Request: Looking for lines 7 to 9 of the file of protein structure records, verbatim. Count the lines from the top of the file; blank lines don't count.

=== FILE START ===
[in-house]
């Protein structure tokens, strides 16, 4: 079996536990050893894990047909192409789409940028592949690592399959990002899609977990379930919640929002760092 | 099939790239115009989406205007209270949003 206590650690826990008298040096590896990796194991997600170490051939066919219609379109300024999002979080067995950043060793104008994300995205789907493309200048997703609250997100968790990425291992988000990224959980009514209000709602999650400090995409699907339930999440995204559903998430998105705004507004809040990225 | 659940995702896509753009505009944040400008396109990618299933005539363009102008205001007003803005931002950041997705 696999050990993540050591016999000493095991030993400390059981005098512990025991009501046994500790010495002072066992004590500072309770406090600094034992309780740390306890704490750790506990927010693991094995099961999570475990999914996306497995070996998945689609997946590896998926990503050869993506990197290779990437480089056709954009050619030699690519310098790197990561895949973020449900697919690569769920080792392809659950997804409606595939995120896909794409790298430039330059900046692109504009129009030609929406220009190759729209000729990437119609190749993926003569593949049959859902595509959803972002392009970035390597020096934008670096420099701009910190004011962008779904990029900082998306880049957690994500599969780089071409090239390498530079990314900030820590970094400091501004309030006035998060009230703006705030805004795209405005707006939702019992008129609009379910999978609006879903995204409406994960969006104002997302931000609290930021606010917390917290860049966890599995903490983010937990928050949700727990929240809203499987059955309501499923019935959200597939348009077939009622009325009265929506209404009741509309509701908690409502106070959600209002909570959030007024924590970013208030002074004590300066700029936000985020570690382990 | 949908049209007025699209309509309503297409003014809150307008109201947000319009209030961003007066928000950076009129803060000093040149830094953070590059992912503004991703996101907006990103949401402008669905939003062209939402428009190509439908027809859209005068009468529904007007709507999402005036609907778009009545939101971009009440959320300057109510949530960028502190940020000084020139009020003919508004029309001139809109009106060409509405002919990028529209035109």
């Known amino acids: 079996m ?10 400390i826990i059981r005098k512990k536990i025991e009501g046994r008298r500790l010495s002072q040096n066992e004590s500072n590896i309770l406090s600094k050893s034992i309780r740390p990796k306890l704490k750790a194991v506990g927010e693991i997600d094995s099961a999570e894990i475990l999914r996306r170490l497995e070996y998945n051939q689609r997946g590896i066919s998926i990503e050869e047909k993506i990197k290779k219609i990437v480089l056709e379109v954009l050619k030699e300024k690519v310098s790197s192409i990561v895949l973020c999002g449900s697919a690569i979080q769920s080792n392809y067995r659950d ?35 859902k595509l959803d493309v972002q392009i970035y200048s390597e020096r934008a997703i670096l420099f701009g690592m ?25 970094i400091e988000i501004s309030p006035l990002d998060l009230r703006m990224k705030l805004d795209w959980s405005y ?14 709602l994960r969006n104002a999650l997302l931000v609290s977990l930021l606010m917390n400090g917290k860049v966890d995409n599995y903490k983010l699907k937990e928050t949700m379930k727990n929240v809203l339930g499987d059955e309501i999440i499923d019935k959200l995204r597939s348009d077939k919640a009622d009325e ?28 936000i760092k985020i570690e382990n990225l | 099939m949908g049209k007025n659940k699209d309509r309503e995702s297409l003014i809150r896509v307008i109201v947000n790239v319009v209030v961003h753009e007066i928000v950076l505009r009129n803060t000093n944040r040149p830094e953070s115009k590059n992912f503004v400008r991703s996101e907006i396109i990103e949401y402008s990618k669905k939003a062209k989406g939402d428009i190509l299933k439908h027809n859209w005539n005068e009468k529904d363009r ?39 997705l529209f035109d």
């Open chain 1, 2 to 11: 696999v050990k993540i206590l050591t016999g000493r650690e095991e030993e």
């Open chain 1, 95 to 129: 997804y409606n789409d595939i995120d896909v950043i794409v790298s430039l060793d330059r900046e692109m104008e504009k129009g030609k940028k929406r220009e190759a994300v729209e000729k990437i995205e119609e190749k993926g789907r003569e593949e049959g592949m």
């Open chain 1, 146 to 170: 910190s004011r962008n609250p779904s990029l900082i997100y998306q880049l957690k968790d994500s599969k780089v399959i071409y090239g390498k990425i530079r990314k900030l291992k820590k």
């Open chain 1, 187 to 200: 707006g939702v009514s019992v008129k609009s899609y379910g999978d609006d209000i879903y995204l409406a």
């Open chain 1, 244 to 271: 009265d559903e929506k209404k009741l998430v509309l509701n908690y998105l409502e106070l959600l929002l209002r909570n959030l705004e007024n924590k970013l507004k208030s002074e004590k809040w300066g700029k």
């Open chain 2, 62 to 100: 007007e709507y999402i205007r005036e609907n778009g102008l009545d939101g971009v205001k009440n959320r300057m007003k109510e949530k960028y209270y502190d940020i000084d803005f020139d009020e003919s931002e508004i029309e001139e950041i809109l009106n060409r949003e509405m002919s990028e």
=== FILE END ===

């Open chain 1, 187 to 200: 707006g939702v009514s019992v008129k609009s899609y379910g999978d609006d209000i879903y995204l409406a």
């Open chain 1, 244 to 271: 009265d559903e929506k209404k009741l998430v509309l509701n908690y998105l409502e106070l959600l929002l209002r909570n959030l705004e007024n924590k970013l507004k208030s002074e004590k809040w300066g700029k």
């Open chain 2, 62 to 100: 007007e709507y999402i205007r005036e609907n778009g102008l009545d939101g971009v205001k009440n959320r300057m007003k109510e949530k960028y209270y502190d940020i000084d803005f020139d009020e003919s931002e508004i029309e001139e950041i809109l009106n060409r949003e509405m002919s990028e």